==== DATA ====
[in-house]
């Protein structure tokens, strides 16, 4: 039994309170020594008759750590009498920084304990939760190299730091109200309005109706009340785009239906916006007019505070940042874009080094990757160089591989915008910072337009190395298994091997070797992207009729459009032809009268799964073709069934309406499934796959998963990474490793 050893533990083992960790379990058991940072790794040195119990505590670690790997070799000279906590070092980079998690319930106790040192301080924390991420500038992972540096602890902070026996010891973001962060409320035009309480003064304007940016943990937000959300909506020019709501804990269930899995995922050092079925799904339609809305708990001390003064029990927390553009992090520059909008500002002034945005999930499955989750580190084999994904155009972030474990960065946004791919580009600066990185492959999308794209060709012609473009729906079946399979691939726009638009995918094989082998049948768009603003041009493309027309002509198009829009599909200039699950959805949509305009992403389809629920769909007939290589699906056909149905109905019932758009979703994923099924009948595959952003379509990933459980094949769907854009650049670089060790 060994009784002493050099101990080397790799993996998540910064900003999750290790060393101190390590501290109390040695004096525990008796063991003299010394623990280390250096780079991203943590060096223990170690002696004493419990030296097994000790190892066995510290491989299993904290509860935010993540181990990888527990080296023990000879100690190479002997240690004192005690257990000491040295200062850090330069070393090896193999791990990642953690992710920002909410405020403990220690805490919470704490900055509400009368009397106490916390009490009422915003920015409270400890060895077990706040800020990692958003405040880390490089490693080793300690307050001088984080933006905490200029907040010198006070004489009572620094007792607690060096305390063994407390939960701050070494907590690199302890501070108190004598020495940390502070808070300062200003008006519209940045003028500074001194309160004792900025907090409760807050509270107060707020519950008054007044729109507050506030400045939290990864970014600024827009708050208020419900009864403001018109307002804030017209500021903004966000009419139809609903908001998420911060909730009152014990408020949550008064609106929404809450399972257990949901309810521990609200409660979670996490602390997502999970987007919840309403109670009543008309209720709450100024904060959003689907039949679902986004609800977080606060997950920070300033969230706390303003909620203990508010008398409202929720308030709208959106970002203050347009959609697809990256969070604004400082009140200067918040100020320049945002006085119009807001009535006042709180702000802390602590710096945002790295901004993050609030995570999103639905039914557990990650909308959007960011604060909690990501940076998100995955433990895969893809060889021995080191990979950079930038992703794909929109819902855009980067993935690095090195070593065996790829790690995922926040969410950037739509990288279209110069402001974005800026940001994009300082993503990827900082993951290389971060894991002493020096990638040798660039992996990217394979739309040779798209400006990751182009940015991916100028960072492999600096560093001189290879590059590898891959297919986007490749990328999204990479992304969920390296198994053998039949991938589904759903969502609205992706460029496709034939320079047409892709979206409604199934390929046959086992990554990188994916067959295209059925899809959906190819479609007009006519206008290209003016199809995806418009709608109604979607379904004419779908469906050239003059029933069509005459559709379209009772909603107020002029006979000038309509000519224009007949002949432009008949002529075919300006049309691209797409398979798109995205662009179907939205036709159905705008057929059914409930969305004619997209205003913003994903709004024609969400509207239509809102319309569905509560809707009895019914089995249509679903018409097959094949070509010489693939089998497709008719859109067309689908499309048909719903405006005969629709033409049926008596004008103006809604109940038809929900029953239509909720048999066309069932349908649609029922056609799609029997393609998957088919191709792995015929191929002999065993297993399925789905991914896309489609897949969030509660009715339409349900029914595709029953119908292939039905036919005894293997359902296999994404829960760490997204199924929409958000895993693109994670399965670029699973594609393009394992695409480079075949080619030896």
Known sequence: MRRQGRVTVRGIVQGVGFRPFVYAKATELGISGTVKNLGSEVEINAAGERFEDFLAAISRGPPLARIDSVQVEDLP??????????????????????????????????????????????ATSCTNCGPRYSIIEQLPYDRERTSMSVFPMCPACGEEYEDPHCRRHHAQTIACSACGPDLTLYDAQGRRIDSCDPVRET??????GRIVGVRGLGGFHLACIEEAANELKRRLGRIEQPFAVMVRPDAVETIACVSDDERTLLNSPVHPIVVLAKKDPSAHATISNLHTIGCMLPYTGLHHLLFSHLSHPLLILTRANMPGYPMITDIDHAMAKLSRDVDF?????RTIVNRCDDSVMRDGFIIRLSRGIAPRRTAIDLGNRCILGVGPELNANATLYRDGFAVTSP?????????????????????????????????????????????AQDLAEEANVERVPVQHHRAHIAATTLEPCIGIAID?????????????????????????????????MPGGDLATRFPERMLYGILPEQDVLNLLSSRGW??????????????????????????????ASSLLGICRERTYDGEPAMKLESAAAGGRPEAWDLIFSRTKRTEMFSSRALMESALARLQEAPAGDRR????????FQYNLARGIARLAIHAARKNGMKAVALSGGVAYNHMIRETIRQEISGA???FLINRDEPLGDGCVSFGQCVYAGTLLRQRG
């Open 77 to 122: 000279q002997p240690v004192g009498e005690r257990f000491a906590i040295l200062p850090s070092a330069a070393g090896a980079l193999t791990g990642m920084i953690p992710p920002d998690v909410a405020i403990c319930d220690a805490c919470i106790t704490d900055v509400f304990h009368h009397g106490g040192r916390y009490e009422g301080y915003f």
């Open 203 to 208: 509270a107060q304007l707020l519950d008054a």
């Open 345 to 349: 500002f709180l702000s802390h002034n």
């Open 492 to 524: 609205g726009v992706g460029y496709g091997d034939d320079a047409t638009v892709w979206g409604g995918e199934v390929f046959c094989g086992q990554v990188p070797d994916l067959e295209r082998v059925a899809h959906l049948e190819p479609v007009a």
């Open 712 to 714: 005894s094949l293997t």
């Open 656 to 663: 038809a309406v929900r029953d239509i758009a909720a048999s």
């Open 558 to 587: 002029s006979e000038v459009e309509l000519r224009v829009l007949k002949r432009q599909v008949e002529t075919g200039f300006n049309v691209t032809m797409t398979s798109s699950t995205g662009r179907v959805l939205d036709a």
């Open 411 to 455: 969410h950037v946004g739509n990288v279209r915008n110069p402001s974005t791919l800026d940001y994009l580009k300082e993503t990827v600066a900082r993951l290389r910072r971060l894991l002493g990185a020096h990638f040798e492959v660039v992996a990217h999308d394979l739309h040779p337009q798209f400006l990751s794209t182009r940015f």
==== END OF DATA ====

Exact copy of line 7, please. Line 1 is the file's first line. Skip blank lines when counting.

């Open 492 to 524: 609205g726009v992706g460029y496709g091997d034939d320079a047409t638009v892709w979206g409604g995918e199934v390929f046959c094989g086992q990554v990188p070797d994916l067959e295209r082998v059925a899809h959906l049948e190819p479609v007009a």